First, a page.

One of the great economists of our time, Murray Rothbard, nailed years ago with this statement:
It is no crime to be ignorant of economics, which is, after all, a specialized discipline and one that most people consider to be a ‘dismal science.’ But it is totally irresponsible to have a loud and vociferous opinion on economic subjects while remaining in this state of ignorance.
What’s worse is being in a position that attempts to place controls on the economy while also being in this state of ignorance. Mat Erpelding of the Idaho House of Representatives recently reminded us that this often describes politicians. He spoke up against Idaho House Bill 206 and spoke about gold and inflation.
Mat Erpelding clearly has no idea what inflation is. He undoubtedly thinks that a rise in price is inflation. When my grocer ceteris paribus raises the price of apples from $1.69/lb to $1.79/lb, that is not inflation. A general rise in prices signals inflation; it is a symptom. Inflation is the loss of purchasing power of money due to an increase in its supply.
There is plenty of information available on the subject. Ron Paul is a good start:
He tried to defend himself on Twitter and even addressed a few of my comments:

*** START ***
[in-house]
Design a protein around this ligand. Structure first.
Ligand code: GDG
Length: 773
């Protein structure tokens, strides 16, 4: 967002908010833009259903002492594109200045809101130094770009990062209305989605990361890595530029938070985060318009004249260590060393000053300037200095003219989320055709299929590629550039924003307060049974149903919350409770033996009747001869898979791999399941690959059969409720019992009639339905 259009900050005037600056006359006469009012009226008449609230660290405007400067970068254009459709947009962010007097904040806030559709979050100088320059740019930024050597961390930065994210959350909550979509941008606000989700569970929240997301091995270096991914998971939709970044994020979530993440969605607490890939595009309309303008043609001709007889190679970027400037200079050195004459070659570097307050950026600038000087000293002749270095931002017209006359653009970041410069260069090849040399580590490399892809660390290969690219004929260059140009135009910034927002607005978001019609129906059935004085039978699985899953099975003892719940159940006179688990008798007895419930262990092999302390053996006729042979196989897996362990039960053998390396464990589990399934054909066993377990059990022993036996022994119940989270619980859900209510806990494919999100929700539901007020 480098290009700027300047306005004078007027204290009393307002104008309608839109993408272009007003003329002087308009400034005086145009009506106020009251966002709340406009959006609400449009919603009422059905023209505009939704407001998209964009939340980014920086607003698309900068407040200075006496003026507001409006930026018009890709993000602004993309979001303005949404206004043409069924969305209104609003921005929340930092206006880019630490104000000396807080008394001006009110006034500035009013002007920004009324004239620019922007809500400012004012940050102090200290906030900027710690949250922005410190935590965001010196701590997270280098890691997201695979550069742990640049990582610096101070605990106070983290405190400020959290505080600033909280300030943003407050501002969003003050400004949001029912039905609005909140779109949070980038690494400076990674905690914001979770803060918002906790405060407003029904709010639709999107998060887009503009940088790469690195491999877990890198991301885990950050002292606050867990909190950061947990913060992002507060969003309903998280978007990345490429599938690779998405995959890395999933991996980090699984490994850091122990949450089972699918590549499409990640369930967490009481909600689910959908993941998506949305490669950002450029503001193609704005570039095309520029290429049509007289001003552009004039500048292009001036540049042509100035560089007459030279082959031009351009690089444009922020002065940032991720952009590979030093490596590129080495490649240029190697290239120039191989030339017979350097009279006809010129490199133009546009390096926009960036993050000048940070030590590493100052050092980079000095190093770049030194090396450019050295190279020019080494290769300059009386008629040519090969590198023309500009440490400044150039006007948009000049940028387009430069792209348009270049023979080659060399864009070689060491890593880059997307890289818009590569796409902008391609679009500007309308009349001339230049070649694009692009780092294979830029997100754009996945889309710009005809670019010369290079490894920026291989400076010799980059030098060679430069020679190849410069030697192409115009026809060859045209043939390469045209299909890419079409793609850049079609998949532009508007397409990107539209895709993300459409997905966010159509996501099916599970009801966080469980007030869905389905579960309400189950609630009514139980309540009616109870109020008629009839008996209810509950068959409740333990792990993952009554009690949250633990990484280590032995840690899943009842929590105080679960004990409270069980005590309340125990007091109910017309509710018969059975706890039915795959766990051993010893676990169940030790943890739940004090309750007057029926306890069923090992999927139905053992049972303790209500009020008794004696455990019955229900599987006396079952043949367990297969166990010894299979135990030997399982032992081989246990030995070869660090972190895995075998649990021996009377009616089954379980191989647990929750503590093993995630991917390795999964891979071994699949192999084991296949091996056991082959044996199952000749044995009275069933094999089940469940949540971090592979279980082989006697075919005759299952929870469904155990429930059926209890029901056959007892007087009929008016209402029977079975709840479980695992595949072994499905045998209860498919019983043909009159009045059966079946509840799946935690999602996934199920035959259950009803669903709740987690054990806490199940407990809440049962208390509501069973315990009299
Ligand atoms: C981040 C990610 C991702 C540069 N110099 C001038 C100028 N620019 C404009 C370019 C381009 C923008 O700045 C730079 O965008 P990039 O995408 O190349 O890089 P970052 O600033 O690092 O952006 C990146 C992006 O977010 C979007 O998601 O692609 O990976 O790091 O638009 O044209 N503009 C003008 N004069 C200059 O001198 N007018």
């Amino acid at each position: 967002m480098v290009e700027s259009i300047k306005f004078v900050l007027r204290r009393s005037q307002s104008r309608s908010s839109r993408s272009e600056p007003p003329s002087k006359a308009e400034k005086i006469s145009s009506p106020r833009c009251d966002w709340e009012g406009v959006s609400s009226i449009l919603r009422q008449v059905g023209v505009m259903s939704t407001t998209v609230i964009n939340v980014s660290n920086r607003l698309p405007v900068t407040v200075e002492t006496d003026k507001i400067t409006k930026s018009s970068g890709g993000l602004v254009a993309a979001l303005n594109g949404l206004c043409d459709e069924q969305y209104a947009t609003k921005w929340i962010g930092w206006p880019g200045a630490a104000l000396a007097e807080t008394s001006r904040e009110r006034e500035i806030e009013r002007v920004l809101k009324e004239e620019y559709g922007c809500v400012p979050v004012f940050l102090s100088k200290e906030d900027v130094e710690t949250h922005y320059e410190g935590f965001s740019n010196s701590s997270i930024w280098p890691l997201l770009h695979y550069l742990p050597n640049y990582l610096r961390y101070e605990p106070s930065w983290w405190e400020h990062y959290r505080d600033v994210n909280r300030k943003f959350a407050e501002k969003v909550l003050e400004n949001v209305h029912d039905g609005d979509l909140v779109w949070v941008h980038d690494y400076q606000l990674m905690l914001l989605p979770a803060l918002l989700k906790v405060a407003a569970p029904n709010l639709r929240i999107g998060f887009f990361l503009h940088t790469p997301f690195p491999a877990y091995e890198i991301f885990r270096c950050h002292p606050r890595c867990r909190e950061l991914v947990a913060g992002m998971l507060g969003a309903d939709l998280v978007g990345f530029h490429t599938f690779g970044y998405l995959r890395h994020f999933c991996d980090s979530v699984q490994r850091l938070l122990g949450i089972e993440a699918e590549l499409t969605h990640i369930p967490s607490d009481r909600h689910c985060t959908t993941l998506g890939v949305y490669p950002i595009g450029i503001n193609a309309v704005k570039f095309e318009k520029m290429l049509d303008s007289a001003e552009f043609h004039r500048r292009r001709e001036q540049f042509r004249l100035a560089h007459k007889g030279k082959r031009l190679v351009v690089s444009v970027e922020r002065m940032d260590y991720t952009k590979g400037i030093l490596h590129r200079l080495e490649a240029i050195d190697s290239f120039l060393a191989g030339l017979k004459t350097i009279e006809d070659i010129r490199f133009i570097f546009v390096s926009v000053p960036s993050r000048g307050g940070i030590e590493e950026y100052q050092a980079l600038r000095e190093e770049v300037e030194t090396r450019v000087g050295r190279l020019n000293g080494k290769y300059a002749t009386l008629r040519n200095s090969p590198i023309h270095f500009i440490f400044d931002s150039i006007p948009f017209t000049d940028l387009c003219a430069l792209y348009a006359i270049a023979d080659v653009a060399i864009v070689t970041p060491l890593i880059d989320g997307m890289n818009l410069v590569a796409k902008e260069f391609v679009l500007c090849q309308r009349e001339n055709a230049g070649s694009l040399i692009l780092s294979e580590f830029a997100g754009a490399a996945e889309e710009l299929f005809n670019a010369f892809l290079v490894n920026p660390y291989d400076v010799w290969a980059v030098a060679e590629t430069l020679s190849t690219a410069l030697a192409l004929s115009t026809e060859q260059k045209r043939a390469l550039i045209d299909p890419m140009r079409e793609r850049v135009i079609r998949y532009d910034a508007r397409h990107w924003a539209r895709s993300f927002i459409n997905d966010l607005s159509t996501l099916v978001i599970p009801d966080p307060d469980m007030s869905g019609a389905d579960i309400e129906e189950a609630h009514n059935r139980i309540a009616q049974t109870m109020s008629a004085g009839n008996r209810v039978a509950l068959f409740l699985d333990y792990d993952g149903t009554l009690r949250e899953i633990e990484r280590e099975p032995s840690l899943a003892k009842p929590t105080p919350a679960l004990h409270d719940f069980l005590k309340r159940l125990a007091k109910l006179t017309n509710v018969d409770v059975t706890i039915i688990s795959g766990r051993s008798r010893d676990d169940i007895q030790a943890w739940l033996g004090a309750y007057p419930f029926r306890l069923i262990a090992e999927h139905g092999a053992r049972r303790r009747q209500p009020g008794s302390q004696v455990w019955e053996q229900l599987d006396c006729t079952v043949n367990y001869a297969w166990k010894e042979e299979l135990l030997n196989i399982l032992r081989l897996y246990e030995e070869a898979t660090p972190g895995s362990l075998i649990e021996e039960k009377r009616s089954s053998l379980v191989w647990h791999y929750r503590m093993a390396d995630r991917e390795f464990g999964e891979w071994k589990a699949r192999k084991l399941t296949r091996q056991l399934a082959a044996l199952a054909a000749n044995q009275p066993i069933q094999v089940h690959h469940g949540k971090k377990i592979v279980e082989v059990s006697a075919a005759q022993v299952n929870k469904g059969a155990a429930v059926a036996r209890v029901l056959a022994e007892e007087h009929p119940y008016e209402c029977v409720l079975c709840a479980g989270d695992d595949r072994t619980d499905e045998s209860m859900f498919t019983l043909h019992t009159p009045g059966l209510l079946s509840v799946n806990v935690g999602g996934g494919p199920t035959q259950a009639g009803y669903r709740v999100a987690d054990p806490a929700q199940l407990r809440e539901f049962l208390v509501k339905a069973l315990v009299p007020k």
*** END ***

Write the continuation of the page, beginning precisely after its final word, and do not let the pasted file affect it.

Erpelding claims that he is not economically illiterate and attributes the “terrible statement” to his use of an ad hoc argument. He wants us to believe that he just had a bad moment, the kind that we all have from time to time. I don’t buy that. You don’t make that kind of an error if you have any sort of understanding of the topic. You don’t sit there and think about exactly what you’re going to say in front of a lot of people in an attempt to embarrass your opposition unless you’re very confident with what you’re about to say.
To show just how terribly asinine Erpelding’s statement was, imagine someone saying:
You think that red wine stains clothes? Here’s a shirt that got a big red stain after I poured wine on it. So much for red wine staining clothes!
It’s not as though the statement is “poorly crafted.” It is utterly contradictory and screams of ignorance. You cannot blame that on ad hoc arguments sometimes being kind of tricky to use.
Just remember, Mat Erpelding’s decisions affect people’s lives. Let that sink in.